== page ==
But of course: apres cinema, le blurbs. Well, actually first were the now-standard 15 minutes of commercials, about which I remember blessedly little save for a stunningly ill-considered spot for Coca-Cola C2, set to Queen’s “I Want To Break Free,” which technically speaking dug up Freddie Mercury’s corpse and repeatedly violated it. But once we’d rinsed out our eyesockets, we were treated to a series of quick teasers for…
After The Sunset — Otherwise known as “Pierce Brosnan and Salma Hayek file the serial numbers off of ‘Out of Sight’ and hope that no one notices.” But you know what? That’s kinda okay, because Salma is easily twice the actress that Jennifer Lopez is, even slumming, and Pierce Brosnan was George Clooney before George Clooney was. And hey look, they even stole Don Cheadle, which is also good because, duh, more Don Cheadle. Any movie that keeps Don Cheadle in the national consciousness by definition increases the odds of another Easy Rawlins movie getting made and is therefore good. Only cause for concern: directed by Brett “Dude, can you believe they let me remake Manhunter?” Rattner. In fact, it’s “A BRETT RATTNER MOVIE,” suggesting that somewhere, someone somehow thinks that this is a selling point.
The Aviator — Okay, could someone please figure out a way to break whatever occult hold that Leonardo DiCaprio has on otherwise sensible A-list directors? I’m willing to concede that “Gangs of New York” was an honest and well-intentioned misfire (and that as awful as Leo was in it, Cameron Diaz was worse), but there’s no excuse for making the same mistake twice. (Especially since Martin Scorcese is, as far as I know, straight.) But hey, it’s set in the 20s and 30s, so I might go see it just for the costumes.
Silver City — Four years ago, on the occasion of the coronation of George Bush the Second, my friend Satoshi opined that if there were any upside to the whole debacle, it was that punk bands were always better during conservative administrations. And lo and behold: a mostly-not-embarrassing explosion of garage punk bands, and a non-suckass album from Bad Religion. (Where’s our Dead Kennedys reunion though?) Is this relevant? Well, it’s been kind of a while since John Sayles made a movie that I felt compelled to see for any reason other than political solidarity, but this one looks like a corker. Blame Bush? Happily. Bonus: Kris Krisofferson being eeeeevil. No one does eeeevil like Kris.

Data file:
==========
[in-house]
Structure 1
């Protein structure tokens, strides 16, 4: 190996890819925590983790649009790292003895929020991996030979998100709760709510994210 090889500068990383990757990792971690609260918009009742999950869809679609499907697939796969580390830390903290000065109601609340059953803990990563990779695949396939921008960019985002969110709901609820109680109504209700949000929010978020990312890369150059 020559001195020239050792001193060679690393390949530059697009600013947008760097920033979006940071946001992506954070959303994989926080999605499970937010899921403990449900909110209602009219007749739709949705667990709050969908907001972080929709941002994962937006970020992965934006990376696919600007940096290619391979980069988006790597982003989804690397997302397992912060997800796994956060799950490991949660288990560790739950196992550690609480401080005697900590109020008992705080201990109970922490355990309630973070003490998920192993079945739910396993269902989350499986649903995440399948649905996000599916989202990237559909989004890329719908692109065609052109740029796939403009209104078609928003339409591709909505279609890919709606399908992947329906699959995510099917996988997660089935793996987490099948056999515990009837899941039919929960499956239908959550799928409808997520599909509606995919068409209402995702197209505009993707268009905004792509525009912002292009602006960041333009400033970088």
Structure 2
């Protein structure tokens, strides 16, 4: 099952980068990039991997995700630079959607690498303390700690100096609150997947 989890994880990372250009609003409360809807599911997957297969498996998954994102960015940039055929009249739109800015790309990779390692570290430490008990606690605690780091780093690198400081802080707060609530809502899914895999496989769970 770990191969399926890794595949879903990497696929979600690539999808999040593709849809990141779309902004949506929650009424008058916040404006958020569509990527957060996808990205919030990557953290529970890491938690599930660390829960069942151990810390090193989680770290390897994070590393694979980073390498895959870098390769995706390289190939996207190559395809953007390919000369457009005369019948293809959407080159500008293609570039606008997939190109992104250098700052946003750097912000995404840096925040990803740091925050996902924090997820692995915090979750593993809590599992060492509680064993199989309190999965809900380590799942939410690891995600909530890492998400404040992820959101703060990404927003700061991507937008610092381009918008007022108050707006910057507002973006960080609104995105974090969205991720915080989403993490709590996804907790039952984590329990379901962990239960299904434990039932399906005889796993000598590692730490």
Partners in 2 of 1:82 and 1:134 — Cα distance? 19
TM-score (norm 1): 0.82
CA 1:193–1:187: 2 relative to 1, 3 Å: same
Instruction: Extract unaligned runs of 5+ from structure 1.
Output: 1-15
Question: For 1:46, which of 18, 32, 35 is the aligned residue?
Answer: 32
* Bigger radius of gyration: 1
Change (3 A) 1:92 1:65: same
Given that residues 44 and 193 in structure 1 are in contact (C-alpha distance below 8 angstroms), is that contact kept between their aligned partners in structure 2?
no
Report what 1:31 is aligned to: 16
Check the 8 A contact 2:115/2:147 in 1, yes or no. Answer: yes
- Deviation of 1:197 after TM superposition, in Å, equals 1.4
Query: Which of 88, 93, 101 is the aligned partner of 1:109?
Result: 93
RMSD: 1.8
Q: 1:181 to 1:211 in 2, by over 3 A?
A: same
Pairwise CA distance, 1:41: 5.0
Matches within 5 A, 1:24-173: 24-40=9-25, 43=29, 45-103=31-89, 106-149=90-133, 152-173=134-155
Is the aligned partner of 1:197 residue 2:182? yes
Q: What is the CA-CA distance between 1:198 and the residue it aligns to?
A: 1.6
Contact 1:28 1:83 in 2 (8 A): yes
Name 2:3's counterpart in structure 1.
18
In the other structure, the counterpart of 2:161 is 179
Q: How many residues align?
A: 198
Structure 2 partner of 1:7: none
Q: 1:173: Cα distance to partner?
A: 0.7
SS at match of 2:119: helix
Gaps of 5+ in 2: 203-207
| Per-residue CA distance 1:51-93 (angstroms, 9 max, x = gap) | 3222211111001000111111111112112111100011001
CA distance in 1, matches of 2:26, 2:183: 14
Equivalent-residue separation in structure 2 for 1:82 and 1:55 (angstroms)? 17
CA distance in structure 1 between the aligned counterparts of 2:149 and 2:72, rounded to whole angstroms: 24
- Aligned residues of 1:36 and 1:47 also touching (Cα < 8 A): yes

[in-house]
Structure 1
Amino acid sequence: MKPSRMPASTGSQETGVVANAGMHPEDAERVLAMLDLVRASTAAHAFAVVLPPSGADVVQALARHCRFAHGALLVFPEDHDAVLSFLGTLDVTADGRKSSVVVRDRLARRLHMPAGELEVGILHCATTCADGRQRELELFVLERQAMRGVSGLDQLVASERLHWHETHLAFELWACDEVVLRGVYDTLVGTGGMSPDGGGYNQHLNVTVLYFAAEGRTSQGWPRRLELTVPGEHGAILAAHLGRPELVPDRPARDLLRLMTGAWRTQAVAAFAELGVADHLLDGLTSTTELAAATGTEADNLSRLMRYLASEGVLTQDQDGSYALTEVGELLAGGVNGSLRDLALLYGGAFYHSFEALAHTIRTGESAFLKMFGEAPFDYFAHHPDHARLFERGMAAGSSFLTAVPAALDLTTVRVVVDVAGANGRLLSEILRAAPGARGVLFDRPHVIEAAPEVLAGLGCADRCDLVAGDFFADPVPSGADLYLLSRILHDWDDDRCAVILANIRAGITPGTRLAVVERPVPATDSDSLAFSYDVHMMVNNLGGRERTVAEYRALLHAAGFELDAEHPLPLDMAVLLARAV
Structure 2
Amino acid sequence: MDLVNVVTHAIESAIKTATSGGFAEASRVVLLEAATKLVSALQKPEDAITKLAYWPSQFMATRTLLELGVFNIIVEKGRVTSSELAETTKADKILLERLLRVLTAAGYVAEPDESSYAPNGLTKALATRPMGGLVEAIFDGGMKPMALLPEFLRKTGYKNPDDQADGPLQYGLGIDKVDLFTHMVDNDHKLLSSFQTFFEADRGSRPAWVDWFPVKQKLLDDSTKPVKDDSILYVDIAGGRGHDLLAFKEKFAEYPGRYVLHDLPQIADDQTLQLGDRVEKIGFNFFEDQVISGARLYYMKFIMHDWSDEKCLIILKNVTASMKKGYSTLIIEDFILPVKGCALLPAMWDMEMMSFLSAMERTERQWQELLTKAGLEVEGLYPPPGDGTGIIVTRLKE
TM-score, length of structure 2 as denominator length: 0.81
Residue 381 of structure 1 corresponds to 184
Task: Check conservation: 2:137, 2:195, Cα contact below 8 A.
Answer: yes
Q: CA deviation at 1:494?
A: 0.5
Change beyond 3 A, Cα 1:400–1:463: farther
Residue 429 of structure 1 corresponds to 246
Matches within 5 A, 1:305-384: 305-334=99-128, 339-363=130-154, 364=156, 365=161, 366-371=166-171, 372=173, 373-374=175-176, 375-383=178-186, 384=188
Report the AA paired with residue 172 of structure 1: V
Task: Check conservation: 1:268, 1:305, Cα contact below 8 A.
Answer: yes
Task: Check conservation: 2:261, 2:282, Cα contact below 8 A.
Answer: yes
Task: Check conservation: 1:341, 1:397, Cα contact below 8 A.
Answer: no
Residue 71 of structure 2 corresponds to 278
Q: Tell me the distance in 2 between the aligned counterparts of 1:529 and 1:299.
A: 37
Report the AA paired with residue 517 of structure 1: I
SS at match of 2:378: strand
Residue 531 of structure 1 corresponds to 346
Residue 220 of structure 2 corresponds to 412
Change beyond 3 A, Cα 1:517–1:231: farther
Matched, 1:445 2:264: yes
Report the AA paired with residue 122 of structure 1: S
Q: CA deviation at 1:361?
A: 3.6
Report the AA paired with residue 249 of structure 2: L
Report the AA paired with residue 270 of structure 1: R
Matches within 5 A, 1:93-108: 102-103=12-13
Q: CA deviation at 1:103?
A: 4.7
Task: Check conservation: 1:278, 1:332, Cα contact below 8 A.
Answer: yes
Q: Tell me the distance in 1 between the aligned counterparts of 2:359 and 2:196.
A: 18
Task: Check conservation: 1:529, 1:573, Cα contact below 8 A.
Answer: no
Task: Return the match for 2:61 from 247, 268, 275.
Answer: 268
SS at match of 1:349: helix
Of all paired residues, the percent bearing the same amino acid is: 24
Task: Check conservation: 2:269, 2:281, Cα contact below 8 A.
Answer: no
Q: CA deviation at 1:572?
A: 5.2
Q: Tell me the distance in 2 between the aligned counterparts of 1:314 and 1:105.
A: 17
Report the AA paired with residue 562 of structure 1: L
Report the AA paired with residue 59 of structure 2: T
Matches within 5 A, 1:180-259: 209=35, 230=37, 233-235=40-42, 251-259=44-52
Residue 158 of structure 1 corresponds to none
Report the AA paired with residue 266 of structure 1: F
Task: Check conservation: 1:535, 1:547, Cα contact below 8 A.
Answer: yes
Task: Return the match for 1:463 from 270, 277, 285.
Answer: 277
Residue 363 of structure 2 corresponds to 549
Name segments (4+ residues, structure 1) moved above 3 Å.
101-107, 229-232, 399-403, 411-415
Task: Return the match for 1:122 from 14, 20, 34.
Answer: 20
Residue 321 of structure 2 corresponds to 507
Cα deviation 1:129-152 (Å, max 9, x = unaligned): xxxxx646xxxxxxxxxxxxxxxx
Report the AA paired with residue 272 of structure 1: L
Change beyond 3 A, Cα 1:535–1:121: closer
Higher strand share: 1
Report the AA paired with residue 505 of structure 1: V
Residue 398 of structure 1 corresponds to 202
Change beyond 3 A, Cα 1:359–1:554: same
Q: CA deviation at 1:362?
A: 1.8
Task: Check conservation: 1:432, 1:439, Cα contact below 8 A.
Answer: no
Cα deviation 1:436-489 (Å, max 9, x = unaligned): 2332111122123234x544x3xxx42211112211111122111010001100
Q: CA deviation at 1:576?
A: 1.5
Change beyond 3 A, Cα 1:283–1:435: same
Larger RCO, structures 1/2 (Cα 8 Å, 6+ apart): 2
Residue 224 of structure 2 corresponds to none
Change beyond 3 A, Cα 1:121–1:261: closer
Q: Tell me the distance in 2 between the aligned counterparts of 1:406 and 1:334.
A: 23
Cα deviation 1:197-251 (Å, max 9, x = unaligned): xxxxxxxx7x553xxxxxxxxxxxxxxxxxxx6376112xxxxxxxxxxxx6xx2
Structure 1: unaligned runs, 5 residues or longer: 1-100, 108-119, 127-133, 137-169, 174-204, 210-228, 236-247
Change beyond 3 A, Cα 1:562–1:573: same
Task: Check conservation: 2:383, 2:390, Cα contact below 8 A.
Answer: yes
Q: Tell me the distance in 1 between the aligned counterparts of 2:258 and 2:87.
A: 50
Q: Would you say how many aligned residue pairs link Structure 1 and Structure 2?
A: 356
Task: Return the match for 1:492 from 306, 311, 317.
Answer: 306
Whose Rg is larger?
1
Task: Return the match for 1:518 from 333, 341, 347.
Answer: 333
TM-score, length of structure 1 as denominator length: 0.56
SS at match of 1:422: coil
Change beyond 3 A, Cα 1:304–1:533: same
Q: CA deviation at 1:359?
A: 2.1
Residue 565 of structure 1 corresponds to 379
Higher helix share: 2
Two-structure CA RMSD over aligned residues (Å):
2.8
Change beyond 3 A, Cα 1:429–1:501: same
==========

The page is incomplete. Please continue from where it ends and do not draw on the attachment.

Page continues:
Alexander — Colin Farrell’s bid for Russell Crowe-style sword-and-toga commercial domination. Well, he’s certainly got the pecs for it, but it takes more than looking good shirtless to survive starring in a late-period Oliver Stone flick: just ask Woody Harrellson. The trailer breathlessly informed us that Alexander of Macedonia was (in order) a: Warrior, King, Lover (cue dewy shots of Angelina Jolie and Rosario Dawson), Seeker, Conqueror, and Savior, but somehow seemed to lose track of the whole Raging Poofter angle, which diminishes my interest in the film significantly.
Sky Captain and the World of Tomorrow — Ten thousand special effects technicans. One omnipresent bluescreen. A first-time director and screenwriter. No discernable script. Multiple obvious telltale Kiss of Death indicators, chief among them the presence of Angelina Jolie and the enthusiasm of Harry Knowles. Will I see it? Duh, it stars Angelina Jolie and Jude Law. I may have to wear headphones in the theatre, but I’ll be there, don’t worry. I am not proud.
Hm. Low general snark level this time. I’ll try harder in the future, I promise.